stabilize the economy.  And then the other question is whether the
manufacturing recession worldwide comes and hits the U.S. economy.  

GRIFFETH:  Indeed.  

LEVINE:  That is an open question.  

GRIFFETH:  Alicia Levine with BNY Mellon Investment Management — again, thanks for joining us.  Have a good weekend.  

LEVINE:  Thank you.  

HERERA:  Well, needless to say, it is an interesting time for leaders of
the world`s major economic powers to meet, and they are this weekend.  

Eamon Javers reports on the long list of issues they will be tackling.  


EAMON JAVERS, NIGHTLY BUSINESS REPORT CORRESPONDENT:  President Trump departs tonight for the G7.  France will play host to world leaders in the seaside town of Biarritz.  This year`s official agenda includes promoting
gender equality, climate and strengthening globalization through trade.  
But the ramifications of the U.S./China trade war will likely dominate the
conversation, particularly on the heels of the latest tit for tat, though
China is not a member of the G7 and Xi Jinping will not be present.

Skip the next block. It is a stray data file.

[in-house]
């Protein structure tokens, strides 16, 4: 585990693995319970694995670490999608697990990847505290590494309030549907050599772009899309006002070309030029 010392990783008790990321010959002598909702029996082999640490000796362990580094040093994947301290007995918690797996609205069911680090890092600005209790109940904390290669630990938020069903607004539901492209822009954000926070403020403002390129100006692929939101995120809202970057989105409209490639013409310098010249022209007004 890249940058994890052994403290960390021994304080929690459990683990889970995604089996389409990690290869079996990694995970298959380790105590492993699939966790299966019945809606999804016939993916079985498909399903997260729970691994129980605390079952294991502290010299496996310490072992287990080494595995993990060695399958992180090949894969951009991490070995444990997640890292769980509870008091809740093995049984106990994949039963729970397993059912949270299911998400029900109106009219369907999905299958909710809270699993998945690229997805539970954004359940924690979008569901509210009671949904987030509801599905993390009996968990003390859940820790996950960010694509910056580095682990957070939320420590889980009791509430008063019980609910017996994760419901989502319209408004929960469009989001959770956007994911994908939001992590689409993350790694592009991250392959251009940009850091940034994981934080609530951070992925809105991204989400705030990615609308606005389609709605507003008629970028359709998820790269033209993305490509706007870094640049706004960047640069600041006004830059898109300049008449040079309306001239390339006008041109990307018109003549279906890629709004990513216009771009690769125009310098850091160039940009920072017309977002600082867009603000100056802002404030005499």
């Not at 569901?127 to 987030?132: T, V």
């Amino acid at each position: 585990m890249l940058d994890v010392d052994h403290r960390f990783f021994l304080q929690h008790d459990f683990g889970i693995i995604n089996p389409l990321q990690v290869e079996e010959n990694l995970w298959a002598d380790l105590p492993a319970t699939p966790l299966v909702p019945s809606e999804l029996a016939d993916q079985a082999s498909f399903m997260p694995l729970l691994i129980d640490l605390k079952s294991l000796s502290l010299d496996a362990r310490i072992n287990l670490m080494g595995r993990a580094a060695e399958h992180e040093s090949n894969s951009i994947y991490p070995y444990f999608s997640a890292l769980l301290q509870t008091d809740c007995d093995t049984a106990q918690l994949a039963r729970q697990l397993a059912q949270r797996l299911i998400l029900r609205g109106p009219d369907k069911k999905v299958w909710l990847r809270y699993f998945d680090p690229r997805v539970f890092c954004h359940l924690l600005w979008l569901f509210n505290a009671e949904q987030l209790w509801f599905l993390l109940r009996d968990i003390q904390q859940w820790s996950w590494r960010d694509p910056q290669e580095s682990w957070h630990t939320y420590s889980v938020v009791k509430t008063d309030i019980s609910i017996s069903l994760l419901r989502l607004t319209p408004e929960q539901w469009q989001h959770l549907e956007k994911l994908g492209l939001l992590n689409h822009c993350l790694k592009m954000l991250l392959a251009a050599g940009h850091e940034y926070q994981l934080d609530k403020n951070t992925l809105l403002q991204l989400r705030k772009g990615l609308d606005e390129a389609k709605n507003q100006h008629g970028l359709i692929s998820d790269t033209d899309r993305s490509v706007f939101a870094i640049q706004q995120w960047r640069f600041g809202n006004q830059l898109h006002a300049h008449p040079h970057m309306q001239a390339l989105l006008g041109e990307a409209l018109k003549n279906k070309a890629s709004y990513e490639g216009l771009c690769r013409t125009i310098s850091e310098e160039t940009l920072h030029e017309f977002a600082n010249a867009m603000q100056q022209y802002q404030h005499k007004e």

Of course, the E.U. is not immune to Trump`s focus on trade either.

DONALD TRUMP, PRESIDENT OF THE UNITED STATES:  We have all the cards in this country, because all we have to do is tax their cars and they would give us anything they wanted.  

JAVERS:  He has repeatedly suggested he would like to slap tariffs on
European cars as he did earlier this week and French wine has also been a
target.  Currency manipulation is among the administration`s list of
concerns as well as the French digital tax that would hit U.S. tech

Trump has bilateral meetings scheduled with French President Emmanuel
Macron, Germany`s Angela Merkel, Canada`s Justin Trudeau, Japan`s Shinzo Abe, and India`s Prime Minister Narendra Modi, as well as the U.K.`s newest prime minister, Boris Johnson.  

That meeting will be closely watch as the two hopes to wrap a trade deal
which could be announced before the U.K. officially exits the E.U. in